Peninsula News Review

Quester Tangent thinks inside the box

Quester Tangent vice-president and chief operating officer Bill Collins explains what the company does to a tour group with the Saanich Peninsula Chamber of Commerce. - Steven Heywood/News staff
Quester Tangent vice-president and chief operating officer Bill Collins explains what the company does to a tour group with the Saanich Peninsula Chamber of Commerce.
— image credit: Steven Heywood/News staff

The next couple of editions of the Peninsula News Review will highlight businesses on the recent Saanich Peninsula Chamber of Commerce Tour of Industry. Read about what they do, their challenges and success stories.

Thinking outside of the box has been a mantra for coming up with brilliant ideas and business strategies, but for a Central Saanich-based company, it’s the box itself that sells.

More specifically, it’s what’s inside the boxes they build that attracts a world-wide customer base to Quester Tangent.

Quester Tangent builds electronics for passenger rail services, or mass transit systems. They have found success in this industry after starting out in 1983 in marine services creating remote, acoustic seabed sensor systems. They branched out into transit services in 1994 and currently sell product to companies like Bombardier, Hyundai Rotem and Toshiba.

Company vice-president and chief operating officer Bill Collins says their transit products — used in the control of various systems — are being utilized in Beijing, San Francisco, Boston and New York, to name a few. In a nutshell, electronics used in these transit systems are kept in a box and mounted on a train car. Transit drivers can access these boxes of electronics for real-time operational and environmental information, specifically braking controls.

Quester Tangent’s braking control systems are acceleration limiting devices. They were in use with the Skytrain system in Vancouver. Engineer Richard Lyne said since the force of slowing down a train can be powerful (and left uncontrolled could send passengers flying), the company’s equipment provides auxiliary braking control at safe distances — helping to gradually slow down the train.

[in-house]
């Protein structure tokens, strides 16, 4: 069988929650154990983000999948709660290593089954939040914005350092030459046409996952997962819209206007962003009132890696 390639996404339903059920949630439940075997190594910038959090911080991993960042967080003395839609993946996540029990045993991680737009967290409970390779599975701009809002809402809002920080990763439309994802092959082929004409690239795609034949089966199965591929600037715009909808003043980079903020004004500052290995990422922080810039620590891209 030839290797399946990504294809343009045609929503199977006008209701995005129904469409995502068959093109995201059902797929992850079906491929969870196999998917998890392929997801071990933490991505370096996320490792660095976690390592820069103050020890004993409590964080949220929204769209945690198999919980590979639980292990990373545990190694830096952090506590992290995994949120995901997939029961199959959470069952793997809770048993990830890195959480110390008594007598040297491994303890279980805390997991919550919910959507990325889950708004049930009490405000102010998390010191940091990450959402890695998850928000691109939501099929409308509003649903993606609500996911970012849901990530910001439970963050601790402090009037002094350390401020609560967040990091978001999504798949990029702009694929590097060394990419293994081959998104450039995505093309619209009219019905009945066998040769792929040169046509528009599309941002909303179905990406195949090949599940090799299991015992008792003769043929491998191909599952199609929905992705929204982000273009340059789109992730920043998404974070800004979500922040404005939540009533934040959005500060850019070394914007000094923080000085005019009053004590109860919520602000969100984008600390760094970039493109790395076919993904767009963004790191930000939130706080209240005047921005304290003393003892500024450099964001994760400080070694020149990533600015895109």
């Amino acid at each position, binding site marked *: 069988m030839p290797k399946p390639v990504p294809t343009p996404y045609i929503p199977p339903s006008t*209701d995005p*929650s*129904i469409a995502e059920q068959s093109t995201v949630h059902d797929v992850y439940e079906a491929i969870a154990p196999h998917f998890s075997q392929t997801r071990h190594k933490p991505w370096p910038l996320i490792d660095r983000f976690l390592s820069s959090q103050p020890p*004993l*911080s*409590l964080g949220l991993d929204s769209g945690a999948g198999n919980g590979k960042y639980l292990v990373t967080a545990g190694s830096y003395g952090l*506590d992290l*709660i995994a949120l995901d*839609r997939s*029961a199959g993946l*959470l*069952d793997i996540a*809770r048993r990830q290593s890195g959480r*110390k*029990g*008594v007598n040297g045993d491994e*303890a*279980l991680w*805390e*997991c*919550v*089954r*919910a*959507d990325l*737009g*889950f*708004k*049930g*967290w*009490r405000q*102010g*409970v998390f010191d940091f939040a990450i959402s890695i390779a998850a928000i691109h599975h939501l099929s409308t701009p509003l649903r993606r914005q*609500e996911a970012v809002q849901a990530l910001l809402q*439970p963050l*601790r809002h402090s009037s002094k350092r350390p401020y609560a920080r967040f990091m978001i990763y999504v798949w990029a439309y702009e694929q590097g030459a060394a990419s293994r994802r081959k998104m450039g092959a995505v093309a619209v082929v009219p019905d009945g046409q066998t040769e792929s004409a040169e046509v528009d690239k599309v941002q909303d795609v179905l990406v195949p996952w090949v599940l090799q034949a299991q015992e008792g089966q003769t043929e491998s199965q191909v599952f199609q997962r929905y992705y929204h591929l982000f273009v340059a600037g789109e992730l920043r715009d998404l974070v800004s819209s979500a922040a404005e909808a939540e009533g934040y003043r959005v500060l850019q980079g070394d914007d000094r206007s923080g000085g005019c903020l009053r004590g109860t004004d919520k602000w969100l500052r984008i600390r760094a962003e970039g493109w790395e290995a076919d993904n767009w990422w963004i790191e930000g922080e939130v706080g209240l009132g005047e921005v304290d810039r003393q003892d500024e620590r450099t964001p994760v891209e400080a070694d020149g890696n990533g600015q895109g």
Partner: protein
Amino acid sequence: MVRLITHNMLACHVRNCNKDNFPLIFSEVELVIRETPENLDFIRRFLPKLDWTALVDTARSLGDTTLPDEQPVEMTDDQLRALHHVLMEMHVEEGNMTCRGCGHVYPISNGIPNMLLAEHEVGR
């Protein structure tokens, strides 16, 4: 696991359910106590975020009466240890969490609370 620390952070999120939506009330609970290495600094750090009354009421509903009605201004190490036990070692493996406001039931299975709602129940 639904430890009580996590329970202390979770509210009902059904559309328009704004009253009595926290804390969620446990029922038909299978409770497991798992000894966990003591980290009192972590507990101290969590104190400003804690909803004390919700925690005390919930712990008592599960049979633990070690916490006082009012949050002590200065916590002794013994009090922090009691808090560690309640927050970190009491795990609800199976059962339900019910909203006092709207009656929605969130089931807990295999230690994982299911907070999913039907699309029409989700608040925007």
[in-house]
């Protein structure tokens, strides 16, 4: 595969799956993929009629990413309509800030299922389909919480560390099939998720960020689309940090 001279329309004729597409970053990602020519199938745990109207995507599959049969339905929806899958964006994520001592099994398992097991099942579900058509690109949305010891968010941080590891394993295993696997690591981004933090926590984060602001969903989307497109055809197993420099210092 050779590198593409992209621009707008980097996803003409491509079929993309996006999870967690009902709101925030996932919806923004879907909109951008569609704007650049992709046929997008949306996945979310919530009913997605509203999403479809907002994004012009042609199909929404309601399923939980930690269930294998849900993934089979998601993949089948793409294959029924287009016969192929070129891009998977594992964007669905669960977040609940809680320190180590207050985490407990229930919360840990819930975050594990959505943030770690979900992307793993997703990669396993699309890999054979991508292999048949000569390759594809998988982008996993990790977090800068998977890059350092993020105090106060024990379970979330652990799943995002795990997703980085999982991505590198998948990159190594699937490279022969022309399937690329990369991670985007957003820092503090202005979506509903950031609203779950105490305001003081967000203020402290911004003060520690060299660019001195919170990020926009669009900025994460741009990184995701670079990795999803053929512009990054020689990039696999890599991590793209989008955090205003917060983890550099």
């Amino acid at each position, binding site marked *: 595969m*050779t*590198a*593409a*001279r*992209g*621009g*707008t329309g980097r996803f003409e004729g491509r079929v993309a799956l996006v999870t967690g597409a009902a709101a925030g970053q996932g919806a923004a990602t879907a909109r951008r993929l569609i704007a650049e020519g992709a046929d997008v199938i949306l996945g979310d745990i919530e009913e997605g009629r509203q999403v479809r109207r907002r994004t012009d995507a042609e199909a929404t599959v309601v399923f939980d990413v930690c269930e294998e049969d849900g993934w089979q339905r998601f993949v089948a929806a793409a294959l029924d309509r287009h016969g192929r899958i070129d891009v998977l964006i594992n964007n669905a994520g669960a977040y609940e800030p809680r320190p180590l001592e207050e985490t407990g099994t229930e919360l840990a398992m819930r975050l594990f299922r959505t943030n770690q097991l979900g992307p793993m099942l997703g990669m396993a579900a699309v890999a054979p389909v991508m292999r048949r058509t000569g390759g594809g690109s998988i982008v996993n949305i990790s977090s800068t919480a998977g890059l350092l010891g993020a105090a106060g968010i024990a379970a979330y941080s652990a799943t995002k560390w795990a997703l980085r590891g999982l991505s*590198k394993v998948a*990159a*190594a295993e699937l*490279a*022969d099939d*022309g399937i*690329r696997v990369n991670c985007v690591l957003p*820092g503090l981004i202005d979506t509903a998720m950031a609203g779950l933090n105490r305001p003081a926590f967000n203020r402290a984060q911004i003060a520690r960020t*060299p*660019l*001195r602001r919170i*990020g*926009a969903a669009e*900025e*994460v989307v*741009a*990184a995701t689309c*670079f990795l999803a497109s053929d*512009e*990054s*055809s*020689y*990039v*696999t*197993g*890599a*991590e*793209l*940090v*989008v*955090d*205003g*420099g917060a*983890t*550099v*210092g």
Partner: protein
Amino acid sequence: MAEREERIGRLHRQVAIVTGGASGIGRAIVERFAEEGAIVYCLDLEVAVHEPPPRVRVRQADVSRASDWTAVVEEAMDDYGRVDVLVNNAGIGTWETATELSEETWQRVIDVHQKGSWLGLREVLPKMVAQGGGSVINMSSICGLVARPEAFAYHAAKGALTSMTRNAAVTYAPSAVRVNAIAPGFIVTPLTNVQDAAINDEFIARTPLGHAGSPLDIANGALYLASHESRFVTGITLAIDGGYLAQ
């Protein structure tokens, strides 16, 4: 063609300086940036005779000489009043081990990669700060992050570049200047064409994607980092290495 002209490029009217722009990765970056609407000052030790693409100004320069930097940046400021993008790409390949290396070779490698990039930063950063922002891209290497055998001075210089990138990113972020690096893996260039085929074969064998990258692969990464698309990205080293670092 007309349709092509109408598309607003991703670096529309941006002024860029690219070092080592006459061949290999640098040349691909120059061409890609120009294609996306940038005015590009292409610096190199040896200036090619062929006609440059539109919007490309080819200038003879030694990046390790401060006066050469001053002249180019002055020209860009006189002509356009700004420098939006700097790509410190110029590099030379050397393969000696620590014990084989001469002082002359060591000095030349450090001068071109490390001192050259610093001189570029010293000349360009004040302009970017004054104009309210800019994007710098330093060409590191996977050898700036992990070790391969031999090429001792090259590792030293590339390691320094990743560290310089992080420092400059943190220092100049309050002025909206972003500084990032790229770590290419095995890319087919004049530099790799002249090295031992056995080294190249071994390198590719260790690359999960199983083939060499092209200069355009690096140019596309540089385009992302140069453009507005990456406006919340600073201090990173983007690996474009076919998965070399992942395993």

“Our box,” Lyne said, “uses the same software used to propel, to slow trains down and stop at a safe distance.”

He explained that in the San Francisco transit system, light rail trains there need to be able to stop safely and prevent people from falling in the event of an emergency halt.

Project engineer Jim Kightley said Quester Tangent’s train management systems have been evolving. Where they once sported buttons, the company has recently introduced a touch screen for their boxes.

“The challenge now is that everyone wants touch screens,” he explained. “It has been difficult to create one that can operate in semi-industrial environments.”

Quester Tangent has put together a control box that has a touch screen that can stand up to punishment and is able to respond to gloved fingers. A system is destined for the transit service in Atlanta, Georgia and one already is at work in Philadelphia. Soon, the company plans to have it in Kuala Lumpur.

Quester Tangent has worked hard to acquire an international clientele. Doing so, said Collins has been the result of building their reputation for reliability and customer service. Collins added it takes approximately two years to win a contract, from bid process to final designs. After that, building what a client needs and meeting the demand can take as long as three years.

“Reliability is key in making and keeping a reputation,” he said, noting that in 10 years of service in the New York transit system, their control devices have not had a breakdown.

Their reputation also led to a job in Washington, D.C.

“That’s what it takes to make it possible for Quester Tangent to be well-known in the industry,” Collins said.

Their Saanichton location includes research and development operations as well as product manufacturing and testing — not to mention their main headquarters. Collins said the company started with just four people in a lab. Now, they employ 80 people and Collins estimates they could have upwards of 120 soon.

The company earns an estimated $120 million in revenue each year and has a payroll of $3.5 million. Collins said they are happy to be achieving this level of success in Central Saanich.

“Our employees like living here,” he said.

Tour Mini Series

In Wednesday’s News Review: Our mini series wraps up with the final stop in the Tour of Industry — Central Saanich’s Level Ground Trading Ltd.

 

 

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